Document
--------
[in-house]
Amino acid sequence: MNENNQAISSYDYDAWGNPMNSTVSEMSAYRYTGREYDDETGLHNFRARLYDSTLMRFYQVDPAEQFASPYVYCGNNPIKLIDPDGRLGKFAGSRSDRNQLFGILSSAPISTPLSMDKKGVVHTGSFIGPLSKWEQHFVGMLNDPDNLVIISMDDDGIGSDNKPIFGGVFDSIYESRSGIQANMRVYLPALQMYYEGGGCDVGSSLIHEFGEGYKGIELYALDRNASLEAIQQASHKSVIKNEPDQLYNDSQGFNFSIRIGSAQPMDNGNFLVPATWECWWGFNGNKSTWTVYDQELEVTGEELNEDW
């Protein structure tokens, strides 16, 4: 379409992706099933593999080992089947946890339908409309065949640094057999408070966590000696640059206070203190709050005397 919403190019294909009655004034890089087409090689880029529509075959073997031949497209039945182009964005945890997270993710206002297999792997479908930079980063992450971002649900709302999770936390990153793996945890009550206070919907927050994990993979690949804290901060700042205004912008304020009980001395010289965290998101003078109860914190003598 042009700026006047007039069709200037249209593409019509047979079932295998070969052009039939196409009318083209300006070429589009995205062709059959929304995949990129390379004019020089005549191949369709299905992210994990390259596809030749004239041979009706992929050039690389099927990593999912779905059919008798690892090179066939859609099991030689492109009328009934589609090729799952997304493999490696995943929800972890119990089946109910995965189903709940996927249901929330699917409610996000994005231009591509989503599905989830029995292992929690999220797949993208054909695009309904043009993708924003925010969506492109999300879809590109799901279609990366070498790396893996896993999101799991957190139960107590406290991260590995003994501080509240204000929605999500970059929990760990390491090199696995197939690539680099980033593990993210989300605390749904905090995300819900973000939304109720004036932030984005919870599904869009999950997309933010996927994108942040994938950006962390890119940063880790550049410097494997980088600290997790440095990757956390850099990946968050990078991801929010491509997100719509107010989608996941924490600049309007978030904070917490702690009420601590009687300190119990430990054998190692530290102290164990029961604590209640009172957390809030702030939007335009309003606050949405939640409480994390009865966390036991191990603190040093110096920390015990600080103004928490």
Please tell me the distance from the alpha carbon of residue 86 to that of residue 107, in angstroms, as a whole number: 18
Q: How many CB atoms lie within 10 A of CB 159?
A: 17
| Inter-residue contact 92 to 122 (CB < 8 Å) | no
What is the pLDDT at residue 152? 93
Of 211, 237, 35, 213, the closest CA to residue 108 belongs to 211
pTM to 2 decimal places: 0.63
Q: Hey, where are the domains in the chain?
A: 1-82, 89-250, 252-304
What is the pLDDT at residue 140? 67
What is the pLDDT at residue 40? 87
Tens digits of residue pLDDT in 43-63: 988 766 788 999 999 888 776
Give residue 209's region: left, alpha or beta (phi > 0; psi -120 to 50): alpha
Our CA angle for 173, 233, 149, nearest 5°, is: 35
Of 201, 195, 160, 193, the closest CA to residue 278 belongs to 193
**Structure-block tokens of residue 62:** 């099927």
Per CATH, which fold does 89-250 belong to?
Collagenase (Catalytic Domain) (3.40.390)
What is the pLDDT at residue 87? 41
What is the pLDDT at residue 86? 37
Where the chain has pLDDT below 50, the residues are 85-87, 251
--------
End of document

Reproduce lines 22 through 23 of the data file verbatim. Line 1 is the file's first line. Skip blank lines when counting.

What is the pLDDT at residue 87? 41
What is the pLDDT at residue 86? 37